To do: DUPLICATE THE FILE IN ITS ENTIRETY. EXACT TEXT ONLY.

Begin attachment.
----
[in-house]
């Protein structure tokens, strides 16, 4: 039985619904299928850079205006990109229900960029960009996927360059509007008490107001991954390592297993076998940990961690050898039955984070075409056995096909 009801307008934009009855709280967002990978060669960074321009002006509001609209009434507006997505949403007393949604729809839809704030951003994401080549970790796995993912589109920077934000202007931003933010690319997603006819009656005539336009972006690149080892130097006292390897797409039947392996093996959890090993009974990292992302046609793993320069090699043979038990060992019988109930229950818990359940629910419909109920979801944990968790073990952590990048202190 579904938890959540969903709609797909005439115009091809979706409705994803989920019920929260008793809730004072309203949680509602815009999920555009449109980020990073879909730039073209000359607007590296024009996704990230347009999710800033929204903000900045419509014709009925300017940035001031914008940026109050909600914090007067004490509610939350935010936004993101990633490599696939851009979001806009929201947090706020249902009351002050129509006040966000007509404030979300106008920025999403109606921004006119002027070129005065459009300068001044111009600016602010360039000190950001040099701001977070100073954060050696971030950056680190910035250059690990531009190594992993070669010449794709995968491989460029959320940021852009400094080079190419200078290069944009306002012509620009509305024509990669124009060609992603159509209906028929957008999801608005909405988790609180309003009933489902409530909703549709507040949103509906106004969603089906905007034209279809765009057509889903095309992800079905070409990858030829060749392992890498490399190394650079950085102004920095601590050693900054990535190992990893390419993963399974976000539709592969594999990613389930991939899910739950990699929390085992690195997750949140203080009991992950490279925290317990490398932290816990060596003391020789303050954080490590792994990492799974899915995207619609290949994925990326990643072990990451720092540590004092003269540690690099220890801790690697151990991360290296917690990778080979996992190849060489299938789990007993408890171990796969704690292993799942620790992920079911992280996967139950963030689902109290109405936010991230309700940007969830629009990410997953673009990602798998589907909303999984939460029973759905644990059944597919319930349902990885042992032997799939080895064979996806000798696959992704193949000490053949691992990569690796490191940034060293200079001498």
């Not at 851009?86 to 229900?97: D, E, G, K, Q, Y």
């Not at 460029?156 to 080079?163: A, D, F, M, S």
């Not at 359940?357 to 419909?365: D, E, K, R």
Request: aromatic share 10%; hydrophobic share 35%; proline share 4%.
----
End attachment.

[in-house]
């Protein structure tokens, strides 16, 4: 039985619904299928850079205006990109229900960029960009996927360059509007008490107001991954390592297993076998940990961690050898039955984070075409056995096909 009801307008934009009855709280967002990978060669960074321009002006509001609209009434507006997505949403007393949604729809839809704030951003994401080549970790796995993912589109920077934000202007931003933010690319997603006819009656005539336009972006690149080892130097006292390897797409039947392996093996959890090993009974990292992302046609793993320069090699043979038990060992019988109930229950818990359940629910419909109920979801944990968790073990952590990048202190 579904938890959540969903709609797909005439115009091809979706409705994803989920019920929260008793809730004072309203949680509602815009999920555009449109980020990073879909730039073209000359607007590296024009996704990230347009999710800033929204903000900045419509014709009925300017940035001031914008940026109050909600914090007067004490509610939350935010936004993101990633490599696939851009979001806009929201947090706020249902009351002050129509006040966000007509404030979300106008920025999403109606921004006119002027070129005065459009300068001044111009600016602010360039000190950001040099701001977070100073954060050696971030950056680190910035250059690990531009190594992993070669010449794709995968491989460029959320940021852009400094080079190419200078290069944009306002012509620009509305024509990669124009060609992603159509209906028929957008999801608005909405988790609180309003009933489902409530909703549709507040949103509906106004969603089906905007034209279809765009057509889903095309992800079905070409990858030829060749392992890498490399190394650079950085102004920095601590050693900054990535190992990893390419993963399974976000539709592969594999990613389930991939899910739950990699929390085992690195997750949140203080009991992950490279925290317990490398932290816990060596003391020789303050954080490590792994990492799974899915995207619609290949994925990326990643072990990451720092540590004092003269540690690099220890801790690697151990991360290296917690990778080979996992190849060489299938789990007993408890171990796969704690292993799942620790992920079911992280996967139950963030689902109290109405936010991230309700940007969830629009990410997953673009990602798998589907909303999984939460029973759905644990059944597919319930349902990885042992032997799939080895064979996806000798696959992704193949000490053949691992990569690796490191940034060293200079001498």
């Not at 851009?86 to 229900?97: D, E, G, K, Q, Y």
């Not at 460029?156 to 080079?163: A, D, F, M, S």
């Not at 359940?357 to 419909?365: D, E, K, R």
Request: aromatic share 10%; hydrophobic share 35%; proline share 4%.